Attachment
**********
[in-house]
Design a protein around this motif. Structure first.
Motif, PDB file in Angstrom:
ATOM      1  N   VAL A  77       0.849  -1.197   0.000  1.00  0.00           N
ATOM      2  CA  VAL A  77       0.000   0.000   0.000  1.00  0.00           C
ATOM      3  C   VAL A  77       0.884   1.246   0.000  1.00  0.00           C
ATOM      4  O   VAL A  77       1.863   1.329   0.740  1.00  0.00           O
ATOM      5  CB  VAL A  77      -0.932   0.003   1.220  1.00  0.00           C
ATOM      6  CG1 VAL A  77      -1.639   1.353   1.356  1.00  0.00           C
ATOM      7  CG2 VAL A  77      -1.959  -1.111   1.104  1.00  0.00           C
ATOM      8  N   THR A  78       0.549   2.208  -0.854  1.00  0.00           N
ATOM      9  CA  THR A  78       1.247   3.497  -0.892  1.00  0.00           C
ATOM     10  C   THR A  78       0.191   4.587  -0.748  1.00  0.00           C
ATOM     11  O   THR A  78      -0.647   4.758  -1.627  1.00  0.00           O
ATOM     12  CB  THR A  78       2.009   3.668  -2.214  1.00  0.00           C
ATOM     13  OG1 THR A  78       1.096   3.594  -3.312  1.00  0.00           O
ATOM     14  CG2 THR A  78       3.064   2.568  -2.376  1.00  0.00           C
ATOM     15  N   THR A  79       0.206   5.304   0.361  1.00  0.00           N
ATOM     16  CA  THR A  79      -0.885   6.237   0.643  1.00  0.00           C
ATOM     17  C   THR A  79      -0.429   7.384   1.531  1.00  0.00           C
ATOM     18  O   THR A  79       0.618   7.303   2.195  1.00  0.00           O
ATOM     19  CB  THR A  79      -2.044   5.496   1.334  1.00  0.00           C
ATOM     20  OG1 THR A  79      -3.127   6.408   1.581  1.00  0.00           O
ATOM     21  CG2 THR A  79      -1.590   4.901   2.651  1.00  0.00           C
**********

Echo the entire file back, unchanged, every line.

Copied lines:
[in-house]
Design a protein around this motif. Structure first.
Motif, PDB file in Angstrom:
ATOM      1  N   VAL A  77       0.849  -1.197   0.000  1.00  0.00           N
ATOM      2  CA  VAL A  77       0.000   0.000   0.000  1.00  0.00           C
ATOM      3  C   VAL A  77       0.884   1.246   0.000  1.00  0.00           C
ATOM      4  O   VAL A  77       1.863   1.329   0.740  1.00  0.00           O
ATOM      5  CB  VAL A  77      -0.932   0.003   1.220  1.00  0.00           C
ATOM      6  CG1 VAL A  77      -1.639   1.353   1.356  1.00  0.00           C
ATOM      7  CG2 VAL A  77      -1.959  -1.111   1.104  1.00  0.00           C
ATOM      8  N   THR A  78       0.549   2.208  -0.854  1.00  0.00           N
ATOM      9  CA  THR A  78       1.247   3.497  -0.892  1.00  0.00           C
ATOM     10  C   THR A  78       0.191   4.587  -0.748  1.00  0.00           C
ATOM     11  O   THR A  78      -0.647   4.758  -1.627  1.00  0.00           O
ATOM     12  CB  THR A  78       2.009   3.668  -2.214  1.00  0.00           C
ATOM     13  OG1 THR A  78       1.096   3.594  -3.312  1.00  0.00           O
ATOM     14  CG2 THR A  78       3.064   2.568  -2.376  1.00  0.00           C
ATOM     15  N   THR A  79       0.206   5.304   0.361  1.00  0.00           N
ATOM     16  CA  THR A  79      -0.885   6.237   0.643  1.00  0.00           C
ATOM     17  C   THR A  79      -0.429   7.384   1.531  1.00  0.00           C
ATOM     18  O   THR A  79       0.618   7.303   2.195  1.00  0.00           O
ATOM     19  CB  THR A  79      -2.044   5.496   1.334  1.00  0.00           C
ATOM     20  OG1 THR A  79      -3.127   6.408   1.581  1.00  0.00           O
ATOM     21  CG2 THR A  79      -1.590   4.901   2.651  1.00  0.00           C